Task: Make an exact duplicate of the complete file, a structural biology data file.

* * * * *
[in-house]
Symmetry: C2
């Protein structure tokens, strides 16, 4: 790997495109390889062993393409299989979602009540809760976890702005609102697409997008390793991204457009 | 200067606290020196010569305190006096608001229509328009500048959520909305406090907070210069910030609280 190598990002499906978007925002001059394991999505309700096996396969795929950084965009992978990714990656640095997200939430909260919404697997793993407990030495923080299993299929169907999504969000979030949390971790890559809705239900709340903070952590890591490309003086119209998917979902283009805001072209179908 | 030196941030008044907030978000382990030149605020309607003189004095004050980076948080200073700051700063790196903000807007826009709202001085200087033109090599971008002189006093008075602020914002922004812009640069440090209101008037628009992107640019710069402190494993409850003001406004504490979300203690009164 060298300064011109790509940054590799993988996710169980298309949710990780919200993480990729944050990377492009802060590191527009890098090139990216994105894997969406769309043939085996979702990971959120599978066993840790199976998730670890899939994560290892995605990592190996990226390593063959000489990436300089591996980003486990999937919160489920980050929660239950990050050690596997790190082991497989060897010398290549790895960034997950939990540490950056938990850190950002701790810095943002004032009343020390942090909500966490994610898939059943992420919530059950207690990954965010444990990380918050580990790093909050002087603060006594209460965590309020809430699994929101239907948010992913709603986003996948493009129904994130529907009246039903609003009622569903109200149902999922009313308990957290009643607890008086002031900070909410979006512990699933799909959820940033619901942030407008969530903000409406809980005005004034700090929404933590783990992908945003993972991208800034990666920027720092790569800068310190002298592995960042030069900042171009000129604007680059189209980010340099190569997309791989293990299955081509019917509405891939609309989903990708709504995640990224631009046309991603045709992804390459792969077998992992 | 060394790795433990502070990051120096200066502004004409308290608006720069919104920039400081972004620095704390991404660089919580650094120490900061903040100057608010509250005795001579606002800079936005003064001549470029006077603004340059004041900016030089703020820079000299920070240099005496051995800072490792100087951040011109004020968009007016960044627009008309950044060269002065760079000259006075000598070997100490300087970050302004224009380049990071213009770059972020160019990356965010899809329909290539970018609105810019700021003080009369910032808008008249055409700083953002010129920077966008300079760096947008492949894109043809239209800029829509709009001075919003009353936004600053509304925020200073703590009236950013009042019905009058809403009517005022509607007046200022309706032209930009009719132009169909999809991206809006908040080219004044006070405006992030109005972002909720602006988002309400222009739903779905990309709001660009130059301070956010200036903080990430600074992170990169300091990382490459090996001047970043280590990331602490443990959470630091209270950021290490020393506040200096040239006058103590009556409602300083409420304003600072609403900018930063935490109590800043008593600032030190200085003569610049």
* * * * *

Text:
[in-house]
Symmetry: C2
């Protein structure tokens, strides 16, 4: 790997495109390889062993393409299989979602009540809760976890702005609102697409997008390793991204457009 | 200067606290020196010569305190006096608001229509328009500048959520909305406090907070210069910030609280 190598990002499906978007925002001059394991999505309700096996396969795929950084965009992978990714990656640095997200939430909260919404697997793993407990030495923080299993299929169907999504969000979030949390971790890559809705239900709340903070952590890591490309003086119209998917979902283009805001072209179908 | 030196941030008044907030978000382990030149605020309607003189004095004050980076948080200073700051700063790196903000807007826009709202001085200087033109090599971008002189006093008075602020914002922004812009640069440090209101008037628009992107640019710069402190494993409850003001406004504490979300203690009164 060298300064011109790509940054590799993988996710169980298309949710990780919200993480990729944050990377492009802060590191527009890098090139990216994105894997969406769309043939085996979702990971959120599978066993840790199976998730670890899939994560290892995605990592190996990226390593063959000489990436300089591996980003486990999937919160489920980050929660239950990050050690596997790190082991497989060897010398290549790895960034997950939990540490950056938990850190950002701790810095943002004032009343020390942090909500966490994610898939059943992420919530059950207690990954965010444990990380918050580990790093909050002087603060006594209460965590309020809430699994929101239907948010992913709603986003996948493009129904994130529907009246039903609003009622569903109200149902999922009313308990957290009643607890008086002031900070909410979006512990699933799909959820940033619901942030407008969530903000409406809980005005004034700090929404933590783990992908945003993972991208800034990666920027720092790569800068310190002298592995960042030069900042171009000129604007680059189209980010340099190569997309791989293990299955081509019917509405891939609309989903990708709504995640990224631009046309991603045709992804390459792969077998992992 | 060394790795433990502070990051120096200066502004004409308290608006720069919104920039400081972004620095704390991404660089919580650094120490900061903040100057608010509250005795001579606002800079936005003064001549470029006077603004340059004041900016030089703020820079000299920070240099005496051995800072490792100087951040011109004020968009007016960044627009008309950044060269002065760079000259006075000598070997100490300087970050302004224009380049990071213009770059972020160019990356965010899809329909290539970018609105810019700021003080009369910032808008008249055409700083953002010129920077966008300079760096947008492949894109043809239209800029829509709009001075919003009353936004600053509304925020200073703590009236950013009042019905009058809403009517005022509607007046200022309706032209930009009719132009169909999809991206809006908040080219004044006070405006992030109005972002909720602006988002309400222009739903779905990309709001660009130059301070956010200036903080990430600074992170990169300091990382490459090996001047970043280590990331602490443990959470630091209270950021290490020393506040200096040239006058103590009556409602300083409420304003600072609403900018930063935490109590800043008593600032030190200085003569610049």